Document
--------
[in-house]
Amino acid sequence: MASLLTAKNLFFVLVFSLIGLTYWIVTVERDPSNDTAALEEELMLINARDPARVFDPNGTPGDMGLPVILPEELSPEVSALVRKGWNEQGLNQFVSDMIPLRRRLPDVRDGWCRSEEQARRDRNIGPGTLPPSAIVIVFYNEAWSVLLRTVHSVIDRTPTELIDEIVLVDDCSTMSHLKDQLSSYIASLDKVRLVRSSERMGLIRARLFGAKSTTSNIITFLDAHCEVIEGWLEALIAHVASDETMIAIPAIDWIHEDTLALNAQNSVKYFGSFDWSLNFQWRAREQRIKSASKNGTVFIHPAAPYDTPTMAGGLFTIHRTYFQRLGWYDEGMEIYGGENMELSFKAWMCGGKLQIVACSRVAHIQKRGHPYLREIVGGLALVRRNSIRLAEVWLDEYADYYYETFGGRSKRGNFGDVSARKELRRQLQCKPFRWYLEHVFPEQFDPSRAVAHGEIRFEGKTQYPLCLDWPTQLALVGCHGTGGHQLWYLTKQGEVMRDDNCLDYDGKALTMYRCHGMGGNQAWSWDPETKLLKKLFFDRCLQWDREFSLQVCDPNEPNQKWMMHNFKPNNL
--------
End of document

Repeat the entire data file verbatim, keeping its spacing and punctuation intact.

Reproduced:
[in-house]
Amino acid sequence: MASLLTAKNLFFVLVFSLIGLTYWIVTVERDPSNDTAALEEELMLINARDPARVFDPNGTPGDMGLPVILPEELSPEVSALVRKGWNEQGLNQFVSDMIPLRRRLPDVRDGWCRSEEQARRDRNIGPGTLPPSAIVIVFYNEAWSVLLRTVHSVIDRTPTELIDEIVLVDDCSTMSHLKDQLSSYIASLDKVRLVRSSERMGLIRARLFGAKSTTSNIITFLDAHCEVIEGWLEALIAHVASDETMIAIPAIDWIHEDTLALNAQNSVKYFGSFDWSLNFQWRAREQRIKSASKNGTVFIHPAAPYDTPTMAGGLFTIHRTYFQRLGWYDEGMEIYGGENMELSFKAWMCGGKLQIVACSRVAHIQKRGHPYLREIVGGLALVRRNSIRLAEVWLDEYADYYYETFGGRSKRGNFGDVSARKELRRQLQCKPFRWYLEHVFPEQFDPSRAVAHGEIRFEGKTQYPLCLDWPTQLALVGCHGTGGHQLWYLTKQGEVMRDDNCLDYDGKALTMYRCHGMGGNQAWSWDPETKLLKKLFFDRCLQWDREFSLQVCDPNEPNQKWMMHNFKPNNL